November 19th marks the anniversary of a pretty big day in my life. Exactly 20 years ago today – right around this very moment, as a matter of fact – I became an official resident of the Pacific Northwest.
It felt like I had finally come home.
Growing up an Air Force “brat,” I never had a home. Just a series of houses I lived in temporarily, in cities thousands of miles apart. We never stayed in one place longer than three years. My dad’s final assignment before he retired was the Bay Area of California. I actually managed to stay put for eight years in San Jose, but quite frankly, hated it there. Too many people and too much (traffic/pollution/crime/sunshine/emphasis on the tech lifestyle). The only thing keeping me there was my (now ex-) wife, who was born and raised in the Silicon Valley and whose entire family lived there. She swore she would never leave, so I would sit in my bedroom gazing longingly at pictures of Oregon (seriously) and dreaming of a better, wetter life.
And then, opportunity came knocking. The company I worked for was expanding, and decided to open a sales office in the Pacific Northwest. It would be either Seattle or Portland. And if I wanted to relocate, they would pay for my move. Oh, and promote me, too. Even throw in a nice little salary increase. What a deal, huh? I was golden. Except for the wife-who-would-never-move. And then, because:
- The Universe has a sense of humor (not to mention impeccable timing), and
- Everything happens for a reason,
She picked that moment to decide our two-year-old marriage no longer appealed to her. Fine, I said. I’ll date the hot girl my friends want to set me up with. And then move north and have a kick-ass job in a part of the country I used to sit around in our bedroom daydreaming about. Bitch.
The new girl WAS hot, and her parents owned a sushi restaurant. Because of those things, I:
- Tried salmon roe sushi for the first time, and
- Agreed to accept the job offer and relocate to either Seattle or Portland to become the Customer Service Manager for our new sales office.
The salmon roe sushi left much to be desired, but the impending promotion (not to mention Hot New Girl) had me feeling on top of the world. Everything in my life was suddenly falling into place just right. But not so fast. Remember how I said the Universe has a sense of humor? Suddenly, the wife decided she did want to be a Mrs., after all, and would I pleaseprettyplease with a cherry on top take her back? She told me this, incidentally, while I was in Indianapolis for a big meeting at my company’s headquarters.
Because, not to mention impeccable timing. Remember?
By this point, I had already mentally prepared myself for an exciting new chapter in my life, and was pretty much over the whole marriage thing. I decided to throw out an ultimatum. I’d take her back, I said, if she agreed to two things:
- We would move to the Pacific Northwest, and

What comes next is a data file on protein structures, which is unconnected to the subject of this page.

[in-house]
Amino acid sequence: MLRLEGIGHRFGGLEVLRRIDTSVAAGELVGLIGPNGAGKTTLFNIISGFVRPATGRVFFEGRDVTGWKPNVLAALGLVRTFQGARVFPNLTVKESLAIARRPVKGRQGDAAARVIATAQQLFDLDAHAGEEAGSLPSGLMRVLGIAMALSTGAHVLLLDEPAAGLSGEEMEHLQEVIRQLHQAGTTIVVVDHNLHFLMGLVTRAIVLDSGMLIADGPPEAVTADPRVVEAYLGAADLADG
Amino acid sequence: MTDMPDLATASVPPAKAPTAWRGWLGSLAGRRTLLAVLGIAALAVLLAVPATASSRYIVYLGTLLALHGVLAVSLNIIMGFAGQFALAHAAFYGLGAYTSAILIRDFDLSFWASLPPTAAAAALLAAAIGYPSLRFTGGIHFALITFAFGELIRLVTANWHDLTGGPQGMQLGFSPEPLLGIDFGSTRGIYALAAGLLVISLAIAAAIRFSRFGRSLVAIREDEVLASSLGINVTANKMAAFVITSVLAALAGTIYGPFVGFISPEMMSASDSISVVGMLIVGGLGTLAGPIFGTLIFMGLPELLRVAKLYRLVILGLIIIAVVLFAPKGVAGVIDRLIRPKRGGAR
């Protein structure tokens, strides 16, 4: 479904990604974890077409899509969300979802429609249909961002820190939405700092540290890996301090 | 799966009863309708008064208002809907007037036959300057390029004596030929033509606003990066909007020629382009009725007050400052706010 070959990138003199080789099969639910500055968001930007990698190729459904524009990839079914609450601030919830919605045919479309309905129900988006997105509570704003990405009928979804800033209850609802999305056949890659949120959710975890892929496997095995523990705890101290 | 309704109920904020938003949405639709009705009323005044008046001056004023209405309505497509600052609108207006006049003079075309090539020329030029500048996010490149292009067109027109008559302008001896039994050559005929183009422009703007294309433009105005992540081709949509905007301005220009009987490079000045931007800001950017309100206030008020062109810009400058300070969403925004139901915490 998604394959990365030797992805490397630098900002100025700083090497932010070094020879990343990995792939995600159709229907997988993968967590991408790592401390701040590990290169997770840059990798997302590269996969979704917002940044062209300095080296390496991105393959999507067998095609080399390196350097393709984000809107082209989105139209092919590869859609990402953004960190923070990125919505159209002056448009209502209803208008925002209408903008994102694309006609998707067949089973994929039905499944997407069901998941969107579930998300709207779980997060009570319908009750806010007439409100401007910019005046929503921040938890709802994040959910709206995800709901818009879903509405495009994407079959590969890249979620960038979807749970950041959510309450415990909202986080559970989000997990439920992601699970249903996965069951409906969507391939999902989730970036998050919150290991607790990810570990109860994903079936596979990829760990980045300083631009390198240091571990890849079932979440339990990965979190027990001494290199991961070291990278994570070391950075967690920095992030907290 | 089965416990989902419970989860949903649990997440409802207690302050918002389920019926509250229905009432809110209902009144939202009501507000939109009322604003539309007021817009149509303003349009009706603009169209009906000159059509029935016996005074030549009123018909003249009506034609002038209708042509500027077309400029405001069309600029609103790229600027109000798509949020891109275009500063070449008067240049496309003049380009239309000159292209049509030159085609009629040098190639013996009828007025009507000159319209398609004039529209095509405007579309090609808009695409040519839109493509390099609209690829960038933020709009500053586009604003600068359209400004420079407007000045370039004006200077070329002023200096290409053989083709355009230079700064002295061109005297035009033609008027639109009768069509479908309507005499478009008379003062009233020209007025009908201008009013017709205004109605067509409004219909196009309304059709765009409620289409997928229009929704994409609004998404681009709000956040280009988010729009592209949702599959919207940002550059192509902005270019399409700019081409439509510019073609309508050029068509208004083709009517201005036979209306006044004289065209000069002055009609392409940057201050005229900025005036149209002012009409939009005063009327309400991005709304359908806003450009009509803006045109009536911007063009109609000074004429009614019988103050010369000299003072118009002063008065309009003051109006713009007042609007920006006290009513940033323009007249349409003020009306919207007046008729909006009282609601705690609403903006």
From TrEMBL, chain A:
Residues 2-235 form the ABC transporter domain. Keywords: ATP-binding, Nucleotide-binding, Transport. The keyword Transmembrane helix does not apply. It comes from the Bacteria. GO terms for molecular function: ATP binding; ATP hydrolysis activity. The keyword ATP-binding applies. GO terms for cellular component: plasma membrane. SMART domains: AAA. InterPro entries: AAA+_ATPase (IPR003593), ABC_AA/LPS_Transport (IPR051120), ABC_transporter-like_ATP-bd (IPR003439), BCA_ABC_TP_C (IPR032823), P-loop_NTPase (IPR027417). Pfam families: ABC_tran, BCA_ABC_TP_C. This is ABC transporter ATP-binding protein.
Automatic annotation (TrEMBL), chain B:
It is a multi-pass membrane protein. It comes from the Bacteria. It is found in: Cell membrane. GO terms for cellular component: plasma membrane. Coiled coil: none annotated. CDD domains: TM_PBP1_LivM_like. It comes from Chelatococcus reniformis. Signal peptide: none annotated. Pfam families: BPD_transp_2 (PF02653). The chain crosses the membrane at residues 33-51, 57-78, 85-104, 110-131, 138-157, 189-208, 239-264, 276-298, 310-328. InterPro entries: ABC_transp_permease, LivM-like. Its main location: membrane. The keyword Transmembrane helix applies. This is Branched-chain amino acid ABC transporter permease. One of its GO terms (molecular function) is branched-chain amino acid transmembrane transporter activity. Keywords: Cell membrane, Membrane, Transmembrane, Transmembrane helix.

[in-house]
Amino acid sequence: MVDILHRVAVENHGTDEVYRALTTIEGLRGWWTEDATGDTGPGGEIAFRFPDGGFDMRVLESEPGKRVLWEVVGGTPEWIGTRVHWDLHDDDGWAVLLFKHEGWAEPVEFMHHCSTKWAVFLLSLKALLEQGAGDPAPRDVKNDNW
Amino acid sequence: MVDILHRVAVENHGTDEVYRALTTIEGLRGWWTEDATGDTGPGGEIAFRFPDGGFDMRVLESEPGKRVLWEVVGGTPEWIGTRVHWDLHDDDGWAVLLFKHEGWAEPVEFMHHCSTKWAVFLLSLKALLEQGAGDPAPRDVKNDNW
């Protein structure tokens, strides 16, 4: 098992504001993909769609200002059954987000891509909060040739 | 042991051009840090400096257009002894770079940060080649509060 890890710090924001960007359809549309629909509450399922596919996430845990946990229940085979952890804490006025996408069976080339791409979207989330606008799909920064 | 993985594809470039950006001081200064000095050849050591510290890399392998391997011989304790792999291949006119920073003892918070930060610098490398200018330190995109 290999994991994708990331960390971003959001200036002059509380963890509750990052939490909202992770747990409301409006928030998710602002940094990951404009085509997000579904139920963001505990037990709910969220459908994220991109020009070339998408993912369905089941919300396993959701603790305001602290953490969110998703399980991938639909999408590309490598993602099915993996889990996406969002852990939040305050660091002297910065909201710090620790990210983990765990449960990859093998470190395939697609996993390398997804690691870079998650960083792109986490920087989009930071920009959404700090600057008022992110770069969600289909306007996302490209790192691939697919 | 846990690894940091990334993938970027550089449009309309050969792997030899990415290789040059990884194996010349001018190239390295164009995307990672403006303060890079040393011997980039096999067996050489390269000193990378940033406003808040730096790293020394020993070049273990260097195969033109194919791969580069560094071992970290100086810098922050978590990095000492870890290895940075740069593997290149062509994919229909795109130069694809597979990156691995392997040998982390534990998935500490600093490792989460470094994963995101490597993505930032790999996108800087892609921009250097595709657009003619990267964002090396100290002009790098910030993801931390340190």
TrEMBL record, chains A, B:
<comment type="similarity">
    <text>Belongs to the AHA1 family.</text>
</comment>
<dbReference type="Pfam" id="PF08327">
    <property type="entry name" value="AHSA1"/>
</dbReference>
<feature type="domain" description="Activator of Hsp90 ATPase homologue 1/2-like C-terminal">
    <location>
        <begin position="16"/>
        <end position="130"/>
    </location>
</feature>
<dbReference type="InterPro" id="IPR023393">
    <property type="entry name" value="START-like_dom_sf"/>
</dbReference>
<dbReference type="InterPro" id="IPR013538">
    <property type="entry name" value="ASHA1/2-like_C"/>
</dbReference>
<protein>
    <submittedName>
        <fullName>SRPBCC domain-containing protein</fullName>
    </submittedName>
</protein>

- We would have a baby, with an option for babies.
“OK,” she said. “And OK.”
That pair of OKs completely caught me off guard. Honestly, I was not expecting her to accept those terms. Plus, I had a big date planned with Hot New Girl as soon as I got back home. If I had found salmon roe sushi even mildly appealing, my life might have turned out very differently…
…but raw salmon eggs are disgusting. And also, a promise was a promise. Which is why, 5 months later, my wife was pregnant with our first baby and we were driving north to a new life in the Pacific Northwest. Destination: Portland.
The preceding months had been filled with excitement. We spent a drizzly and cold 4th of July in Seattle, and were given a grand tour of Portland by the man who ended up being my new boss. We really weren’t familiar with either place; ironically, despite my longing to live in the PNW, I had only ever been north of the California border one time. I’m still not sure why it took on such a mythical aura. Once it was decided that Oregon would be the location for our new office, I made a solo trip back to PDX to find us a place to live. I picked out a nice apartment perched on a hill in Beaverton, a suburb of Portland. It had two bedrooms, a fireplace, and a stunning view of Mount Hood from the living room.
Friday morning – November 18, 1994 – we watched San Jose dwindle in our rearview mirrors as we drove north. Plural, because we each had our own cars to drive, making the 669-mile journey a quiet one since cell phones wouldn’t exist for years yet. We stopped briefly atop the summit of Mount Ashland just over the border, where my wife panicked momentarily because it was snowing and she had never driven in the white stuff before. I talked her down and we continued all the way to Springfield, about two hours south of Portland, where we spent the night. We had a rendezvous scheduled with the moving truck the following afternoon.
The following day – again, exactly twenty years ago – we set out mid-morning, driving through the Willamette Valley for our last leg of the trip. It was the type of day many consider “raw” – overcast, drizzly, the temperature hovering in the upper 30s. We arrived in Beaverton just in time for lunch, grabbing subs at a local sandwich shop before meeting the movers at our new apartment.
And that is how it all began.
15 months later, we bought a house just across the river in Vancouver, Washington. Different state but, imaginary lines on a map aside, it’s all really just Portland.
The wife decided once again that she didn’t much like being married – at least to me – but by then, it was a moot point. I was up here and got my babies. Obviously, I’ve never been happier. And Tara is not a fan of salmon roe sushi, either – so she’s a much better match for me.
It’s hard to believe I have lived nearly half my life here. This place is home in a way that nowhere else could ever come close to matching.
And I can’t imagine ever living anywhere else.